New EU sanctions target Russian military-industrial complex

BRUSSELS (AP) — The European Union said Friday its latest round of sanctions will hit Russia’s military-industrial complex, as well as people and groups that are attacking Ukrainian civilians or kidnapping children.

Valdis Dombrovskis, a European Commission vice-president, said the package will deal a blow to 168 “entities” — companies or state organizations — linked to the arms industry.

“This will ensure that key chemicals, nerve agents, night-vision and radio-navigation equipment, electronics and IT components that could be used by the Russian war machine cannot be freely traded,” said the European Council, which represents member states.

“To avoid circumvention, some Russian-controlled entities based in illegally annexed Crimea or Sevastopol are also included in the list,” it added in a statement.

The ninth package of EU punitive measures against Russia for its war in Ukraine was approved by EU leaders at a summit Thursday. It was formally adopted Friday by written procedure.

“After food and hunger, (Russia President Vladimir) Putin is now weaponizing the winter, by deliberately depriving millions of Ukrainians of water, electricity and heating,” said Josep Borrell, the bloc’s top diplomat. “We will continue targeting the economy and against those who are instrumental in this brutal war.”

European Commission President Ursula von der Leyen said the package will “push the Russian economy and war machine further off the rails.”

Von der Leyen added that the new sanctions target “almost 200 individuals and entities involved in attacks on civilians and kidnapping children.” Russia’s open effort to adopt Ukrainian children and bring them up as Russian is already well underway, in one of the most explosive issues of the war, an Associated Press investigation has showed.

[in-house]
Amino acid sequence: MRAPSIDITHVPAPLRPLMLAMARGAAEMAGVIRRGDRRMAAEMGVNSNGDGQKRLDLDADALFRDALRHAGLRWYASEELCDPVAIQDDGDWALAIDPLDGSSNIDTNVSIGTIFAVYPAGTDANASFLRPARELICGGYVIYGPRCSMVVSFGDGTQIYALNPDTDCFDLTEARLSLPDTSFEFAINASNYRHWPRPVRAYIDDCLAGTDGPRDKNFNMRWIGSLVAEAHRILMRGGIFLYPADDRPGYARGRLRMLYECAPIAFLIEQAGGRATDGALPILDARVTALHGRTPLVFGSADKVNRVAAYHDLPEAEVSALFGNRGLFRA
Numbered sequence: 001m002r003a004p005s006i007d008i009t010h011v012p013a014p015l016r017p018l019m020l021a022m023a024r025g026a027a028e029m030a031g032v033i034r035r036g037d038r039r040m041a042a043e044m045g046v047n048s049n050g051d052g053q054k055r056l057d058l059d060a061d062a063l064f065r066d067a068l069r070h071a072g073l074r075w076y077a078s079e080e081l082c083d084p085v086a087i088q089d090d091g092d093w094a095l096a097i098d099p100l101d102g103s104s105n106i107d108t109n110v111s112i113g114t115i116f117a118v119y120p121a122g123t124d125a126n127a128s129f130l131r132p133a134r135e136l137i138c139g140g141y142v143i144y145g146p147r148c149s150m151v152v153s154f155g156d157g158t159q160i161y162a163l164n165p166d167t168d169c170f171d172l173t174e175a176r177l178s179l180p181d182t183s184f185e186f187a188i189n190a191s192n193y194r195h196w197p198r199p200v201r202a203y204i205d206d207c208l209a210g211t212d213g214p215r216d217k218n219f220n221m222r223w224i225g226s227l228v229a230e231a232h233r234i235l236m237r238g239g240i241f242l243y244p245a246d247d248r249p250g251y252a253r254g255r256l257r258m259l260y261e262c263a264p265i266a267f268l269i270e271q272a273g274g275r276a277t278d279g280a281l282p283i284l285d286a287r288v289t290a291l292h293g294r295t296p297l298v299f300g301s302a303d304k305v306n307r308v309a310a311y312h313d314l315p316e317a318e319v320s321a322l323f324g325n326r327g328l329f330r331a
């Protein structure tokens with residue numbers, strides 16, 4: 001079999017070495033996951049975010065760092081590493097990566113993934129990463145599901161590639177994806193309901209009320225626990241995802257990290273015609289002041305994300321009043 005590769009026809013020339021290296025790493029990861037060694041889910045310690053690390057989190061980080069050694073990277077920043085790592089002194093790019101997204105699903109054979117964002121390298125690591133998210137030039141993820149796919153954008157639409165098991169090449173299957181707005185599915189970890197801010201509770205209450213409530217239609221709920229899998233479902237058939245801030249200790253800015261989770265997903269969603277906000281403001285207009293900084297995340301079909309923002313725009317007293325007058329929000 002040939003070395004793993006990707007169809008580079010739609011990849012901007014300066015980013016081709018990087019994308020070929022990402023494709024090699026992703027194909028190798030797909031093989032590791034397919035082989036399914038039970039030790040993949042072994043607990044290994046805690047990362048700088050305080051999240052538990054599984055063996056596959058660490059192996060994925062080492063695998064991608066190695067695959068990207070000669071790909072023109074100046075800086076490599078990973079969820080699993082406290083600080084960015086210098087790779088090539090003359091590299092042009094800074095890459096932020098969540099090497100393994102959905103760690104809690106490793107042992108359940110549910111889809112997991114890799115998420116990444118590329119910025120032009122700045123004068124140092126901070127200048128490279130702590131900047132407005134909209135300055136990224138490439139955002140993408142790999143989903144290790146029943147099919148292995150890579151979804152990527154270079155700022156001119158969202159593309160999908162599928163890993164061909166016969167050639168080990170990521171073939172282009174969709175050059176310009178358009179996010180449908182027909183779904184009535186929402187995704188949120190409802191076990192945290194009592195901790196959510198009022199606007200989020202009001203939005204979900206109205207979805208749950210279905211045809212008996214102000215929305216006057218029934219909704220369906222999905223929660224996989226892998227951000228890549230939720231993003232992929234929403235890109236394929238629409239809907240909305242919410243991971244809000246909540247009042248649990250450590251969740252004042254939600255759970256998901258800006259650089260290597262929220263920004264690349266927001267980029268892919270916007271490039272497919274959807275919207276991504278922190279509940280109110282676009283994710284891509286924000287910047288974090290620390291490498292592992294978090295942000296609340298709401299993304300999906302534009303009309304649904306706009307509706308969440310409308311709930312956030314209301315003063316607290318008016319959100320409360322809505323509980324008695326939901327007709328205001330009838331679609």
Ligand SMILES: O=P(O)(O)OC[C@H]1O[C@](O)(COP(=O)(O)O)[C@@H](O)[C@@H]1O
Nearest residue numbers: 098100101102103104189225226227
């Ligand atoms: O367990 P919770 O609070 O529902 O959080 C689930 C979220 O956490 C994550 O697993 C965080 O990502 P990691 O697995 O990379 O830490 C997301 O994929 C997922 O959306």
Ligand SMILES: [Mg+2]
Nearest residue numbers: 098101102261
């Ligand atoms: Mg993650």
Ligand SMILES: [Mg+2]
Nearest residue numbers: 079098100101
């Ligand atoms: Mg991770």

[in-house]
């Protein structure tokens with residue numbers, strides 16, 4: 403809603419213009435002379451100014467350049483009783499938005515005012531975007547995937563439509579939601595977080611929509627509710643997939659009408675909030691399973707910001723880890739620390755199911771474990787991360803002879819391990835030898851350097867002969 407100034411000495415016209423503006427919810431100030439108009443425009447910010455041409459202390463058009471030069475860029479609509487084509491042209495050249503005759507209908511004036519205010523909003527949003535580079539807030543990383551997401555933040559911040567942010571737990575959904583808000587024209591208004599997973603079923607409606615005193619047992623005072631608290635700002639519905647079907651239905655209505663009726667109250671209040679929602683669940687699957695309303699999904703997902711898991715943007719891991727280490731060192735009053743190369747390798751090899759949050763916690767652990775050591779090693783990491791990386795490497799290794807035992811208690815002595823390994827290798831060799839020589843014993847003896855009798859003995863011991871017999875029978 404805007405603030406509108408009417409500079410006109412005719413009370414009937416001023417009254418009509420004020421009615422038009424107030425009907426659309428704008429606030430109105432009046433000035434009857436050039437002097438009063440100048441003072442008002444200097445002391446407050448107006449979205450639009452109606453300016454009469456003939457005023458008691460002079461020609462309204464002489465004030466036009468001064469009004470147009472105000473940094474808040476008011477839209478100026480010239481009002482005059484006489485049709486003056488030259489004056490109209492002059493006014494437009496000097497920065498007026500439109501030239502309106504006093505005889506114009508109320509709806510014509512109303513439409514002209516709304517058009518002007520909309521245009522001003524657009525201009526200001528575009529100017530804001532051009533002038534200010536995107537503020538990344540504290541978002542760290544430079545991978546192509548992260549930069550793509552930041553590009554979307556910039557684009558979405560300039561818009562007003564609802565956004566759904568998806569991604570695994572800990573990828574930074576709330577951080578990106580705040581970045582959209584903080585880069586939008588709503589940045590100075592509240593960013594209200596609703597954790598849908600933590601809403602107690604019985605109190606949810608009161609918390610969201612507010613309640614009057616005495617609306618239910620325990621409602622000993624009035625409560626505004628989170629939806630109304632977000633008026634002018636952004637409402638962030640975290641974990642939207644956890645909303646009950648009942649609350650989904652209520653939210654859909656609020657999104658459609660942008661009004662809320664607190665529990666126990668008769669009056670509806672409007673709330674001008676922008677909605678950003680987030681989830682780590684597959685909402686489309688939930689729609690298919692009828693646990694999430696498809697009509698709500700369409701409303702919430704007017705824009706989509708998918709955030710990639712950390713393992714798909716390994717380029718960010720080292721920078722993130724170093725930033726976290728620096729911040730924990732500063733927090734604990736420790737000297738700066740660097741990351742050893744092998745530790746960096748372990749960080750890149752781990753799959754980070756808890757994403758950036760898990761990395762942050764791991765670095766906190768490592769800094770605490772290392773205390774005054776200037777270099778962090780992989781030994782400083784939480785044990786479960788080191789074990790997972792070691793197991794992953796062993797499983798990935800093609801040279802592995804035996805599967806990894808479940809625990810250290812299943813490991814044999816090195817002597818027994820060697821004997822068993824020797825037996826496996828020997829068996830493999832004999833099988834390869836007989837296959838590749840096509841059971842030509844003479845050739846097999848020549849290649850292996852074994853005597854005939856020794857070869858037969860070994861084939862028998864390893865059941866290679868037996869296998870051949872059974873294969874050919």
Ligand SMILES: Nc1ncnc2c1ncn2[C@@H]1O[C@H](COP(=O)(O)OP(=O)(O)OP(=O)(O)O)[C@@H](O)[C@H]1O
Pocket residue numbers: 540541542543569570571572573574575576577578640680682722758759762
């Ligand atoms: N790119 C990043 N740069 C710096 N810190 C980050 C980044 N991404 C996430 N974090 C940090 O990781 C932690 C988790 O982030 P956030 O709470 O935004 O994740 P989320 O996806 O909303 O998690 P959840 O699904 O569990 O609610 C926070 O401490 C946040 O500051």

Full details of the package will be revealed once sanctions are published in the bloc’s legal records.

The bloc will also expand the export ban on aviation and space industry -related goods and technology to include aircraft engines and their parts, with the measure applying to both manned and unmanned aircraft.

“Meaning that from now on there will be a ban on the direct exports of drone engines to Russia and any third country that could supply drones to Russia,” the European Council said.

In addition, an assets freeze will be imposed on two additional Russian banks, while the Russian Regional Development Bank will be added to the list of Russian state-owned or -controlled entities that are subject to a full transaction ban.

Four additional media outlets perceived as propaganda tools used to destabilize the EU — NTV/NTV Mir, Rossiya 1, REN TV and Pervyi Kanal — will have their broadcasting licenses suspended, the council said.

In the energy sector, the EU said it will prohibit new investments in Russian mining, with the exception of mining and quarrying activities involving certain critical raw materials.

Despite the initial reluctance of some member countries who thought the move would create loopholes in the sanctions net, the EU also decided to introduce derogations for some individuals and companies under sanctions to facilitate the transport of wheat and fertilizers between Russia and third countries.

The European Council said this was “to avoid and combat food insecurity around the world, and in order to avoid disruptions in the payment channels for agricultural products.”

As well as sanctions on various entities, banks and individuals, including Putin and members of his family, the EU has previously approved an embargo on coal and seaborne oil imports, in close concert with Western allies.

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